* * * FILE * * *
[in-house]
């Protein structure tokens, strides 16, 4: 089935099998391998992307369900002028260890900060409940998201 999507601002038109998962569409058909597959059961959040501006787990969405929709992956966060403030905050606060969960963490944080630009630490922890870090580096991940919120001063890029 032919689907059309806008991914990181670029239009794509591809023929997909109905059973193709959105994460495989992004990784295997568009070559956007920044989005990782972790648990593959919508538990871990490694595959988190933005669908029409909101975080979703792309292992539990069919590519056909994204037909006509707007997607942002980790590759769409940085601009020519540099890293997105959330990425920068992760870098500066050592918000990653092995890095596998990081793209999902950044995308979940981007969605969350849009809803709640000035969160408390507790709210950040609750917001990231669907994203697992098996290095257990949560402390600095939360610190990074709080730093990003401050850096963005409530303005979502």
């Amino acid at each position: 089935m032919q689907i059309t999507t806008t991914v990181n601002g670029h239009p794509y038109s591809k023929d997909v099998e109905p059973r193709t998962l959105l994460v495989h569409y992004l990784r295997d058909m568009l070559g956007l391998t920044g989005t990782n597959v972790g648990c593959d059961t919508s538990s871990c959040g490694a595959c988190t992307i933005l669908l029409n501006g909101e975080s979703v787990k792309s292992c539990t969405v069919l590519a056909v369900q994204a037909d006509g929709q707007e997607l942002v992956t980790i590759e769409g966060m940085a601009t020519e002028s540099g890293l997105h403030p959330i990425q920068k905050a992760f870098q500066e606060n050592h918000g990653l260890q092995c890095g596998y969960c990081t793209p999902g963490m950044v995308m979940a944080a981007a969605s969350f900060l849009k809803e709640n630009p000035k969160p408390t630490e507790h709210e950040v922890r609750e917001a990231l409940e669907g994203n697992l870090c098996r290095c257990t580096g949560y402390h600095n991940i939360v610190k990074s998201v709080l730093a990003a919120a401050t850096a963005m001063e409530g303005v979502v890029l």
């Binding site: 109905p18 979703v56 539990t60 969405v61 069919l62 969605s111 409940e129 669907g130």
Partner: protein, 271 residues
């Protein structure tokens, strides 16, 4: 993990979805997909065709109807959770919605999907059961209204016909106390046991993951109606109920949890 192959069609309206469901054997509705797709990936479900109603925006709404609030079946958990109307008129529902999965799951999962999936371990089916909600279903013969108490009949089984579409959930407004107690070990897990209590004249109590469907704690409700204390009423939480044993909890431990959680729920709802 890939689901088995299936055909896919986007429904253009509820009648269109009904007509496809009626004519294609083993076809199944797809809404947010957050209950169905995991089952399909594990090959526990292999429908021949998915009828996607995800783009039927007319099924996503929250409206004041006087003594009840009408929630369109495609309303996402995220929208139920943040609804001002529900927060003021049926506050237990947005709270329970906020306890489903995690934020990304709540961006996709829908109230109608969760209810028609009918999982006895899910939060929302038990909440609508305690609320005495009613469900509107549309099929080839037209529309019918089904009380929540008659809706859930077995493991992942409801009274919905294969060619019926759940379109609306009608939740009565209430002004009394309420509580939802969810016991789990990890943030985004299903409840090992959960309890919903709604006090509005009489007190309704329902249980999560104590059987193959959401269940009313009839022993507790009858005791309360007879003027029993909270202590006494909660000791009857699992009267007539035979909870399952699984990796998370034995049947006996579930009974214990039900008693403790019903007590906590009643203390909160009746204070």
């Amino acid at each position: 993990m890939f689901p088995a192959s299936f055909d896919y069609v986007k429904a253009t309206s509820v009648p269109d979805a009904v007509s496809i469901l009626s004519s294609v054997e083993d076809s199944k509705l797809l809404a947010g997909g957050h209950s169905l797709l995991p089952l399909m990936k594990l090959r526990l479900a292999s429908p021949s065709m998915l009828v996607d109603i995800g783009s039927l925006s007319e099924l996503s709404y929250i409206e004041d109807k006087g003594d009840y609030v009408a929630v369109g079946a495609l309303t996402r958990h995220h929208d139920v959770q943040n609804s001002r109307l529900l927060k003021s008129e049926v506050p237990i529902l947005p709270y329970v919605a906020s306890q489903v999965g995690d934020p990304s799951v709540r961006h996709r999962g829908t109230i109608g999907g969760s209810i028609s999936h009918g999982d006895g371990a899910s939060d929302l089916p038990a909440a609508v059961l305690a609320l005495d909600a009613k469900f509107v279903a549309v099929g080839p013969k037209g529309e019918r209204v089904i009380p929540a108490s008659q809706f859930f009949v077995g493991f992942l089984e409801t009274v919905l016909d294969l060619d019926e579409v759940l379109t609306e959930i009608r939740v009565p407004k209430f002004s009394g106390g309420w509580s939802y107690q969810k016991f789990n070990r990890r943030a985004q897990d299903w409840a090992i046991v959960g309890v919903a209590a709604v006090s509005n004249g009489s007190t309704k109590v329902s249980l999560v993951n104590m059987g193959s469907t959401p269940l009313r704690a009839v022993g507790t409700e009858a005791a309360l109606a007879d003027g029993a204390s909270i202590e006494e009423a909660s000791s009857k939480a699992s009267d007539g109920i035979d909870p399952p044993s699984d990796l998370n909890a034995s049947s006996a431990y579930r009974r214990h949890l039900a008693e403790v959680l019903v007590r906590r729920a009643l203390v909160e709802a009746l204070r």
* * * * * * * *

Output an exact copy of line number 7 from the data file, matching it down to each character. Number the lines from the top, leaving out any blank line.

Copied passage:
């Amino acid at each position: 993990m890939f689901p088995a192959s299936f055909d896919y069609v986007k429904a253009t309206s509820v009648p269109d979805a009904v007509s496809i469901l009626s004519s294609v054997e083993d076809s199944k509705l797809l809404a947010g997909g957050h209950s169905l797709l995991p089952l399909m990936k594990l090959r526990l479900a292999s429908p021949s065709m998915l009828v996607d109603i995800g783009s039927l925006s007319e099924l996503s709404y929250i409206e004041d109807k006087g003594d009840y609030v009408a929630v369109g079946a495609l309303t996402r958990h995220h929208d139920v959770q943040n609804s001002r109307l529900l927060k003021s008129e049926v506050p237990i529902l947005p709270y329970v919605a906020s306890q489903v999965g995690d934020p990304s799951v709540r961006h996709r999962g829908t109230i109608g999907g969760s209810i028609s999936h009918g999982d006895g371990a899910s939060d929302l089916p038990a909440a609508v059961l305690a609320l005495d909600a009613k469900f509107v279903a549309v099929g080839p013969k037209g529309e019918r209204v089904i009380p929540a108490s008659q809706f859930f009949v077995g493991f992942l089984e409801t009274v919905l016909d294969l060619d019926e579409v759940l379109t609306e959930i009608r939740v009565p407004k209430f002004s009394g106390g309420w509580s939802y107690q969810k016991f789990n070990r990890r943030a985004q897990d299903w409840a090992i046991v959960g309890v919903a209590a709604v006090s509005n004249g009489s007190t309704k109590v329902s249980l999560v993951n104590m059987g193959s469907t959401p269940l009313r704690a009839v022993g507790t409700e009858a005791a309360l109606a007879d003027g029993a204390s909270i202590e006494e009423a909660s000791s009857k939480a699992s009267d007539g109920i035979d909870p399952p044993s699984d990796l998370n909890a034995s049947s006996a431990y579930r009974r214990h949890l039900a008693e403790v959680l019903v007590r906590r729920a009643l203390v909160e709802a009746l204070r």